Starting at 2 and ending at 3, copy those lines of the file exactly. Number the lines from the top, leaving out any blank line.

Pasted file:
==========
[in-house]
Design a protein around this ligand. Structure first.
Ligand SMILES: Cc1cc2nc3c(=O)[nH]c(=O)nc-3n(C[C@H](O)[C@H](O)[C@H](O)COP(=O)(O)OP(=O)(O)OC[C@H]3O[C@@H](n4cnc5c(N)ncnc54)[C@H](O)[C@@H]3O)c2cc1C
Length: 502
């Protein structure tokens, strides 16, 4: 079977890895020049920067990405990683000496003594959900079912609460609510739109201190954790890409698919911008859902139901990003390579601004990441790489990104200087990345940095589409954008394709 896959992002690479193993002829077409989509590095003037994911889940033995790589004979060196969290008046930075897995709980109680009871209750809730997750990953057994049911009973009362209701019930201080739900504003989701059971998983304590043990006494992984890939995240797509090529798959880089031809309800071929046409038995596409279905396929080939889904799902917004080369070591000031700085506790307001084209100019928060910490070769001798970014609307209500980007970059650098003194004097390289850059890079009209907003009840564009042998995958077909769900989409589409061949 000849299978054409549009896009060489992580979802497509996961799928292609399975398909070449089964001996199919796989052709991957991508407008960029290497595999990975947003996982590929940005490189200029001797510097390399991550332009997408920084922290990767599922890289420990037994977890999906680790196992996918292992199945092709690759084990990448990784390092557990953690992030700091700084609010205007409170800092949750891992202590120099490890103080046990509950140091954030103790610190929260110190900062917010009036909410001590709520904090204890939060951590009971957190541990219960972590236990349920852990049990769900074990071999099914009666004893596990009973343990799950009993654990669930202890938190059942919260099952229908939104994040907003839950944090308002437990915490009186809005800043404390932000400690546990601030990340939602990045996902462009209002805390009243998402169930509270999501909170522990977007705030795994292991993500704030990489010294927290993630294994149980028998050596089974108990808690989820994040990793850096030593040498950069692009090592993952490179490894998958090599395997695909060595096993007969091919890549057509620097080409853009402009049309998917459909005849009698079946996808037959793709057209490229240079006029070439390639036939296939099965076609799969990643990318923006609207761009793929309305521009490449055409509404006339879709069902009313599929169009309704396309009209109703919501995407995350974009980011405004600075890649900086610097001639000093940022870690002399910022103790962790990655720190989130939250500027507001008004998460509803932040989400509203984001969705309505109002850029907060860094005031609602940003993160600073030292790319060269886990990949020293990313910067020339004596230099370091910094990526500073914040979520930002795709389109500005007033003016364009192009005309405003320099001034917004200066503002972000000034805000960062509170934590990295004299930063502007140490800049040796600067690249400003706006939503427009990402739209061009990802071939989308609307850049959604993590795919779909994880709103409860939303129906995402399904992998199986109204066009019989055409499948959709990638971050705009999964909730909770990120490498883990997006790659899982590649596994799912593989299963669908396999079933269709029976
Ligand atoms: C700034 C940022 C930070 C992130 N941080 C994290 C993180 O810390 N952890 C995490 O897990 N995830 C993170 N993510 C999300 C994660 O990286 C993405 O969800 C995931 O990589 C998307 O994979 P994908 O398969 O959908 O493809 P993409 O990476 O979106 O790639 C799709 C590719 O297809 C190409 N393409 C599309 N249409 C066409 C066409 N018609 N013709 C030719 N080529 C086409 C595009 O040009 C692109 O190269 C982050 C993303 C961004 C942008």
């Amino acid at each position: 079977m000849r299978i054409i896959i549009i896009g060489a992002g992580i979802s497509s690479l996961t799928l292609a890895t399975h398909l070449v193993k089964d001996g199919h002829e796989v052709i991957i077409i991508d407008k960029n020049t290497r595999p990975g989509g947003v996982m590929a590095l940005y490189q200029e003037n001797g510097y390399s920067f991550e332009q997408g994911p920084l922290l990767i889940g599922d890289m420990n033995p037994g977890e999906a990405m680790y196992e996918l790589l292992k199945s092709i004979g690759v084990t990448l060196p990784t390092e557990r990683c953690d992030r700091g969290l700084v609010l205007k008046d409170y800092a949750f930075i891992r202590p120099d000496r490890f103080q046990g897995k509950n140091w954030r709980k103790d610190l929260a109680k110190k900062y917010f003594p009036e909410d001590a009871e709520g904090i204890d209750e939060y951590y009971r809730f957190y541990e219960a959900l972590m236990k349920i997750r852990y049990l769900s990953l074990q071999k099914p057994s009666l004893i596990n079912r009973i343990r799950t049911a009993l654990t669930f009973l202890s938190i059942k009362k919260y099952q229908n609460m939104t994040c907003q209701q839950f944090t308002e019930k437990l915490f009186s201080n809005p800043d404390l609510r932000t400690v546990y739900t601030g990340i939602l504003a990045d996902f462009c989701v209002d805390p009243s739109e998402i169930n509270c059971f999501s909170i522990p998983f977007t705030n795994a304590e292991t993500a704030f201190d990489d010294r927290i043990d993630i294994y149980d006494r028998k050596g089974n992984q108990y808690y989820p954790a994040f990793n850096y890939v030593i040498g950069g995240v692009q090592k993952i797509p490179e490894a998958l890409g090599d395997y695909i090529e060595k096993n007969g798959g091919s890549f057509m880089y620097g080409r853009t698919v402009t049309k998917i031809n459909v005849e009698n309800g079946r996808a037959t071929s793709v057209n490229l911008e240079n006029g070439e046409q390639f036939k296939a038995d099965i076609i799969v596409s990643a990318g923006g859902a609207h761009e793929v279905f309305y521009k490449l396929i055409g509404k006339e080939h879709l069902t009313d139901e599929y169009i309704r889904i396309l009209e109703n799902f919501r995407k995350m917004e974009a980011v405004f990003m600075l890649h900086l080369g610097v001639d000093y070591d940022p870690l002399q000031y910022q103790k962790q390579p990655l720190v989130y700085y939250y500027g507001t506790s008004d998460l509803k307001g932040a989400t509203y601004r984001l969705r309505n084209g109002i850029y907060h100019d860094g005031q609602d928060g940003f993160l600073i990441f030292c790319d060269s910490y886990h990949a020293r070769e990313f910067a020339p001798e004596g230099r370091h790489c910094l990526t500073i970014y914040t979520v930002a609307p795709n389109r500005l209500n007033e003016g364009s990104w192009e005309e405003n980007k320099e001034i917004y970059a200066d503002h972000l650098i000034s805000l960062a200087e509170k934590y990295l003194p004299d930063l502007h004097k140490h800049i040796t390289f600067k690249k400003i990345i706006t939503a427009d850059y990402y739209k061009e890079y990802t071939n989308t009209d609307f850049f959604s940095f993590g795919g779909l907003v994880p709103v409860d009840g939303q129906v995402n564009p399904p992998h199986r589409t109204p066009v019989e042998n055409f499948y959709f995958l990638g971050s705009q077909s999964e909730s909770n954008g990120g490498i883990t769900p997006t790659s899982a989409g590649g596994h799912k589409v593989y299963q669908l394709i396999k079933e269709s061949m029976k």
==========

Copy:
Design a protein around this ligand. Structure first.
Ligand SMILES: Cc1cc2nc3c(=O)[nH]c(=O)nc-3n(C[C@H](O)[C@H](O)[C@H](O)COP(=O)(O)OP(=O)(O)OC[C@H]3O[C@@H](n4cnc5c(N)ncnc54)[C@H](O)[C@@H]3O)c2cc1C